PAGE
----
Coalition to rob poor kids' meals
An analysis by the Children's Society found that 2.2 million English schoolchildren were living below the poverty line, with more than 1.2 million currently missing out on the dinners which are linked to low-income benefits.
If a proposed earnings threshold of £7,500 was introduced for free school meals 120,000 families in England - around 350,000 school-age children in total - would lose out, it said.
Government plans for a system of universal credit to replace the current benefits and tax credits system could mean that hundreds of thousands of families could be left with lower entitlements.
Such decisions risked creating a "cliff edge" with parents having to slash their working hours or take a pay cut to keep their benefits, it warned.
Children's Society's Campaign for Childhood director Elaine Hindal condemned the government's "policy failure" but said it has an opportunity to increase the availability of free school meals to all low-income working families.
"We have shown that there are literally hundreds of thousands of children living below the poverty line who aren't getting a free school meal," she said.
"There is no reasonable defence for this policy failure."
She called for all children living in poverty in England to be entitled to a free meal by October.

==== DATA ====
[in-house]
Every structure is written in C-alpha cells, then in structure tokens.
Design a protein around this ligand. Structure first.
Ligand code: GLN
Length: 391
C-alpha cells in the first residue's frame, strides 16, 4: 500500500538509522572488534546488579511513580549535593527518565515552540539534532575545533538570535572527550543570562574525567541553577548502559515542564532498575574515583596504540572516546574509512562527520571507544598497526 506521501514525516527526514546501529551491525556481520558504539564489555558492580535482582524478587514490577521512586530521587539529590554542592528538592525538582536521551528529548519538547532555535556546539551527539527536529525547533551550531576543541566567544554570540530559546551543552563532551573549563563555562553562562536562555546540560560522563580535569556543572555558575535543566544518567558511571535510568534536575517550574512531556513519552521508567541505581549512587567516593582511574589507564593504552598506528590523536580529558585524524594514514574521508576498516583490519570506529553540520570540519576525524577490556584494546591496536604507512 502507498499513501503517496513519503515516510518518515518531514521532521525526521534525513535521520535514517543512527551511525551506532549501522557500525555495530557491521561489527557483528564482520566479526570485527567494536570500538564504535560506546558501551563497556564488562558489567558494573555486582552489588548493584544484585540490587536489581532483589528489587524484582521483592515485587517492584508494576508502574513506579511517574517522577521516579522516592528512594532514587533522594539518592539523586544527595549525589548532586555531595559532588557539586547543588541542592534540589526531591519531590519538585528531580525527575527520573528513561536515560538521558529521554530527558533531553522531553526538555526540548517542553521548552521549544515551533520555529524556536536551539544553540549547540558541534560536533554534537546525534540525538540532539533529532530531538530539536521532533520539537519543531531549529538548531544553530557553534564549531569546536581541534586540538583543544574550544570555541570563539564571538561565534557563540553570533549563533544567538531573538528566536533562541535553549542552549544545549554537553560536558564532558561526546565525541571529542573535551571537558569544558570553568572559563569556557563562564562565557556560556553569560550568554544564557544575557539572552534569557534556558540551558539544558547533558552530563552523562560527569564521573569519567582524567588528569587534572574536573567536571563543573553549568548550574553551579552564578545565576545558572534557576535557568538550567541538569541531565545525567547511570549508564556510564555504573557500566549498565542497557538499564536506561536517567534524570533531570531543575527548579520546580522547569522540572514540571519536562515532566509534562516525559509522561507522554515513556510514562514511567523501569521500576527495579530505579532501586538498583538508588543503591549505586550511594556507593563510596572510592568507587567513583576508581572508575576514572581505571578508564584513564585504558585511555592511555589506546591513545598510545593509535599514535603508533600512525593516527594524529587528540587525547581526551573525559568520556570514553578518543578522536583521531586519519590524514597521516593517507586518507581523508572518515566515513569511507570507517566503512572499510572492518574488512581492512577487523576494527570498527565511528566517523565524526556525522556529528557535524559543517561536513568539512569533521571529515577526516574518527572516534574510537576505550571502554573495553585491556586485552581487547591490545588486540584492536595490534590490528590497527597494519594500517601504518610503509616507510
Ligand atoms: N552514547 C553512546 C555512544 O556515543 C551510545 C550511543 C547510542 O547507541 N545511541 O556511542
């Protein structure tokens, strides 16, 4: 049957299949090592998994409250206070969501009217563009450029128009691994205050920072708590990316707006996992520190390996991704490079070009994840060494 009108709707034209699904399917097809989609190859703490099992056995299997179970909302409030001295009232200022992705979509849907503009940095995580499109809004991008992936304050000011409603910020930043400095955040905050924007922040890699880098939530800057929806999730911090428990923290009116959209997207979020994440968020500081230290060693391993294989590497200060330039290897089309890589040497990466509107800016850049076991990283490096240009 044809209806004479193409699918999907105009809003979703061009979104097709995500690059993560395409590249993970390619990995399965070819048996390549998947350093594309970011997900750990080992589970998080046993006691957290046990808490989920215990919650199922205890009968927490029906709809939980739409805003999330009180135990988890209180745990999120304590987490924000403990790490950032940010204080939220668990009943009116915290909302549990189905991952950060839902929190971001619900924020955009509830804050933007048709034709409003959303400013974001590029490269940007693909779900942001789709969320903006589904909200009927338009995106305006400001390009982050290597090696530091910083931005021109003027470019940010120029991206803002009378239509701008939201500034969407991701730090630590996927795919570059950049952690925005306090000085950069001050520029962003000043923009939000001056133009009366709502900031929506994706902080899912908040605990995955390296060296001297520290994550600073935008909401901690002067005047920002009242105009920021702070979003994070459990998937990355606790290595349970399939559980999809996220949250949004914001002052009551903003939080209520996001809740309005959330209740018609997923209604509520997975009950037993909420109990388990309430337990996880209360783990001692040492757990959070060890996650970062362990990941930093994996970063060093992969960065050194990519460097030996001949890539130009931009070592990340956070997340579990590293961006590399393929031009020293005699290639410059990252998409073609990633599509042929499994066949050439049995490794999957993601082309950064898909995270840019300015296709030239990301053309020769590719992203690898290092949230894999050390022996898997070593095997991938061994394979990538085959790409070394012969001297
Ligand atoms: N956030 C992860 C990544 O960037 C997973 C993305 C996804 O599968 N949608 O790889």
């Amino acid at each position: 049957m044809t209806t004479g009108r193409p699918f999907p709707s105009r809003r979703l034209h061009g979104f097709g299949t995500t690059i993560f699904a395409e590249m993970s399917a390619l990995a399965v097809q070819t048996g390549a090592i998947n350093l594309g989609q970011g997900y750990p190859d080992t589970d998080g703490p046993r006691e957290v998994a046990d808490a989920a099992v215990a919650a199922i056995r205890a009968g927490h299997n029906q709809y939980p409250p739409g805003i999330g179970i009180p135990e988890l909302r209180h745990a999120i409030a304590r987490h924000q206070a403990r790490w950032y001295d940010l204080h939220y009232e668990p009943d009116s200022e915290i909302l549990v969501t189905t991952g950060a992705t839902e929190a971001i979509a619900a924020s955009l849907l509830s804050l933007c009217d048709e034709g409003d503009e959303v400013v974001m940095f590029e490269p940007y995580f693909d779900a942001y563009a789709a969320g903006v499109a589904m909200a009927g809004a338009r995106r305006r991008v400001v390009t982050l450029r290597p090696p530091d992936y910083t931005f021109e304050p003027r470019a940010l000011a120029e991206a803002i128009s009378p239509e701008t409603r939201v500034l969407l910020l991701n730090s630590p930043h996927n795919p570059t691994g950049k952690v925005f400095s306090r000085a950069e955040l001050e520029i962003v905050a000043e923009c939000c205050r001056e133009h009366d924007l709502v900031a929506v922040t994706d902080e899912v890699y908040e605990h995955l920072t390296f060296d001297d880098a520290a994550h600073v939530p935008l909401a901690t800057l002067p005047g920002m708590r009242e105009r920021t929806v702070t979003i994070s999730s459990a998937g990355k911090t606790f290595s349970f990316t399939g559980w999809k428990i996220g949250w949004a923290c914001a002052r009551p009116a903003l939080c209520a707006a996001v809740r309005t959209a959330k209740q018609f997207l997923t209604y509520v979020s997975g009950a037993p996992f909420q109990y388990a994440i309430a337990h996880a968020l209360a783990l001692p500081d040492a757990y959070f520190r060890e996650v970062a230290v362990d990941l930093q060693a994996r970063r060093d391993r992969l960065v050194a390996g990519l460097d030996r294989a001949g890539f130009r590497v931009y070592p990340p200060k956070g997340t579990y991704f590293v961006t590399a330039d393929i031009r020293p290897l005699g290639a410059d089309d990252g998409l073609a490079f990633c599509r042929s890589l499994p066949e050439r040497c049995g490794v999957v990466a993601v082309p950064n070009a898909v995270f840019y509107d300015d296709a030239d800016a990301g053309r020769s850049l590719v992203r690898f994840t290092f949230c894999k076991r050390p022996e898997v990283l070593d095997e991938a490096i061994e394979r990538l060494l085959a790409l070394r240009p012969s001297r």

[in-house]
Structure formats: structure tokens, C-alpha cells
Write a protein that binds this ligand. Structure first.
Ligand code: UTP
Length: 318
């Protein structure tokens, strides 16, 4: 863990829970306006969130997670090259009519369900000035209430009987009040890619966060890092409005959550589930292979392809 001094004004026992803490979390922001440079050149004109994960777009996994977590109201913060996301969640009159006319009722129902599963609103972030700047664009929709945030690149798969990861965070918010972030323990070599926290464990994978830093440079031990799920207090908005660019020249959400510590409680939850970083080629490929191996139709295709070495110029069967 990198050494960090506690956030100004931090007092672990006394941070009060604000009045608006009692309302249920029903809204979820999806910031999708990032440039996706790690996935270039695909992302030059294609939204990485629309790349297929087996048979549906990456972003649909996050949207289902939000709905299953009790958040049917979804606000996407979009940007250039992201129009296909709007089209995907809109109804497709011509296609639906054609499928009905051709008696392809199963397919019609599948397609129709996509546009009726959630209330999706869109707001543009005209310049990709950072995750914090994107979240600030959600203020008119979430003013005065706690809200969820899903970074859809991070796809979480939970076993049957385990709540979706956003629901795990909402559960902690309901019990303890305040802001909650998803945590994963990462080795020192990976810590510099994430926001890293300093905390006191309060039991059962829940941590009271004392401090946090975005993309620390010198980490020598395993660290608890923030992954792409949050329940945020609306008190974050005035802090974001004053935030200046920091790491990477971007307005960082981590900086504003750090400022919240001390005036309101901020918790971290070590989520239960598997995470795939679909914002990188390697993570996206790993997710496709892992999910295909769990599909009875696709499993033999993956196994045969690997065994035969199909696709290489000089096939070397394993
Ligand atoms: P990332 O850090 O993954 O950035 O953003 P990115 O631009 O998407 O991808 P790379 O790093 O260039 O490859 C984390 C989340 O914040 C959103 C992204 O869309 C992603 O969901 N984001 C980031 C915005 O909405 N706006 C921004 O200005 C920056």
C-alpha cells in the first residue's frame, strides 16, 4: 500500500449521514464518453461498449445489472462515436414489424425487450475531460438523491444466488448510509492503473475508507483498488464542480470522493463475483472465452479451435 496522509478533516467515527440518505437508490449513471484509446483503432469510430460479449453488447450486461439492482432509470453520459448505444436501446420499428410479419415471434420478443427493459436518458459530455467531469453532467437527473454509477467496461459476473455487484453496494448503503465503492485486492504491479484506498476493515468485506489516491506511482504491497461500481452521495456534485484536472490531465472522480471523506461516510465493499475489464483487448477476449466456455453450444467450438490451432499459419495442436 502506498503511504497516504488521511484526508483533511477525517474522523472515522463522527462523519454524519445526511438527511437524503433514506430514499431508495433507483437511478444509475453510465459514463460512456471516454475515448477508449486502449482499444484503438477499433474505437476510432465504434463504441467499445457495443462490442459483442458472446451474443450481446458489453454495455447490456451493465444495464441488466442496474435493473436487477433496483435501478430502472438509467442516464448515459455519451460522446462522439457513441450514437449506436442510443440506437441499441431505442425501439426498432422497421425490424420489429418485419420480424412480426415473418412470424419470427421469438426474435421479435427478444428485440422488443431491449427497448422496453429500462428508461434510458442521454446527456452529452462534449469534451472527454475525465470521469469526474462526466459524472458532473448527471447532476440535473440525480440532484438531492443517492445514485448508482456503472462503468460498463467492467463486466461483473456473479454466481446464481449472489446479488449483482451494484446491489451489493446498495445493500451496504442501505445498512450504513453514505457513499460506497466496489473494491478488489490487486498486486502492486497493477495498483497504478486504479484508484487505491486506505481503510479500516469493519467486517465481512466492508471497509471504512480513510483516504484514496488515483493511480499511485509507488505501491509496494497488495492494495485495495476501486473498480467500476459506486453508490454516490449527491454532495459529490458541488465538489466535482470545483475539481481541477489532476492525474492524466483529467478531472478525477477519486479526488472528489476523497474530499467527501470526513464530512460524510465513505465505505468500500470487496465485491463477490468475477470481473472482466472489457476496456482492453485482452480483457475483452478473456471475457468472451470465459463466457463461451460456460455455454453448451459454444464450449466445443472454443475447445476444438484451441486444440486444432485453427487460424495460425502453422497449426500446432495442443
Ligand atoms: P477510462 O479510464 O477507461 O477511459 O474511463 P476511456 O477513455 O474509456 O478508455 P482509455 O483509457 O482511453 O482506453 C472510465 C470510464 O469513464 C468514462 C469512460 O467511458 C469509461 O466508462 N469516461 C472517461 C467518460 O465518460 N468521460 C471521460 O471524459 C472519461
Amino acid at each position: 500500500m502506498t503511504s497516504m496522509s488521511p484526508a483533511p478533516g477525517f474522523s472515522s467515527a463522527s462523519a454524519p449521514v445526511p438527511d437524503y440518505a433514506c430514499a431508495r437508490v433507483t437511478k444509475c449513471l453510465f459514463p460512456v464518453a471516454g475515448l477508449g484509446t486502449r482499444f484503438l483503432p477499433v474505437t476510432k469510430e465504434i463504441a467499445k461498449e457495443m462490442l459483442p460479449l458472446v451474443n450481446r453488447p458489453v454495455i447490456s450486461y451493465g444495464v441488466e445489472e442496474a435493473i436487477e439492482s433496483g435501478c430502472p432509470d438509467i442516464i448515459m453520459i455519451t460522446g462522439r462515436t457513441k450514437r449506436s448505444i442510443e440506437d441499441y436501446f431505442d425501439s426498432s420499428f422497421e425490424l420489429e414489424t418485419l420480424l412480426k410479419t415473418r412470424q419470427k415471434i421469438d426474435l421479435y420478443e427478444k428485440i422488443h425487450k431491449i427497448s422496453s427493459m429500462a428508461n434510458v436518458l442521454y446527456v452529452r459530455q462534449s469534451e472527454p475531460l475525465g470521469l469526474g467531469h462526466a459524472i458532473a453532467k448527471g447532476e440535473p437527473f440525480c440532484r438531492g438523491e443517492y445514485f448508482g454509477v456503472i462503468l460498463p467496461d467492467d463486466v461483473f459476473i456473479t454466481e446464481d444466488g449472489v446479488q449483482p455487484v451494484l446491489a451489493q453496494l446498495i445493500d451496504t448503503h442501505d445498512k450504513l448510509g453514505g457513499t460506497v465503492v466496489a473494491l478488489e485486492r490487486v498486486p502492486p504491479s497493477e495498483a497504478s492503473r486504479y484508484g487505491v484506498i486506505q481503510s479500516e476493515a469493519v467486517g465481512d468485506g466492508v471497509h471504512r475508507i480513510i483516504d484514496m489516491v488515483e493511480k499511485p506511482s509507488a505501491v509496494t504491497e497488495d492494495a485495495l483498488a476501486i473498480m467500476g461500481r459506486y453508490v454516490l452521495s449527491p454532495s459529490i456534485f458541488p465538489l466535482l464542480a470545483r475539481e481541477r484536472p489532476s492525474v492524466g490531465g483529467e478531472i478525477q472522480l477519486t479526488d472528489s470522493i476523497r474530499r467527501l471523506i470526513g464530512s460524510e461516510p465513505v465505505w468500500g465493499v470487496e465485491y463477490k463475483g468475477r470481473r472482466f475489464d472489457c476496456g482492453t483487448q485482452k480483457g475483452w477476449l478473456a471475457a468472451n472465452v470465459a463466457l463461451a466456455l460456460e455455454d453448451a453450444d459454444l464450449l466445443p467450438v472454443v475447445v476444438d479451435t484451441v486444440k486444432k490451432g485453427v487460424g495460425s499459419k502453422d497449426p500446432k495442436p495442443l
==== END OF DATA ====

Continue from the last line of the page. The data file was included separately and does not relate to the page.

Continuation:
Children's Minister Sarah Teather claimed the government remained "totally committed to continuing to provide free school meals to children from the poorest families.
"We are reforming welfare to get more people into jobs as that is the surest way of cutting poverty.
"The reforms mean we will have to think hard about the best way to decide who is eligible for free school meals so they continue to be targeted at those who need them the most."
But Child Poverty Action Group parliamentary and policy officer Tim Nichols said the government should be investing in an extension of free school meals.
"The evidence base shows that the more kids that qualify, the greater the benefits for improving classroom concentration, improving child health and easing income poverty," he said.
"There are clear social benefits with good reason to believe there will be long-term economic benefits too. It's one of those win-win investments that the government really just needs to get on with.
"We cannot seriously expect a long-term solution to getting rid of the deficit if the government doesn't have the confidence to give the green light to policies like this when all the evidence so clearly stacks up on the side of taking action."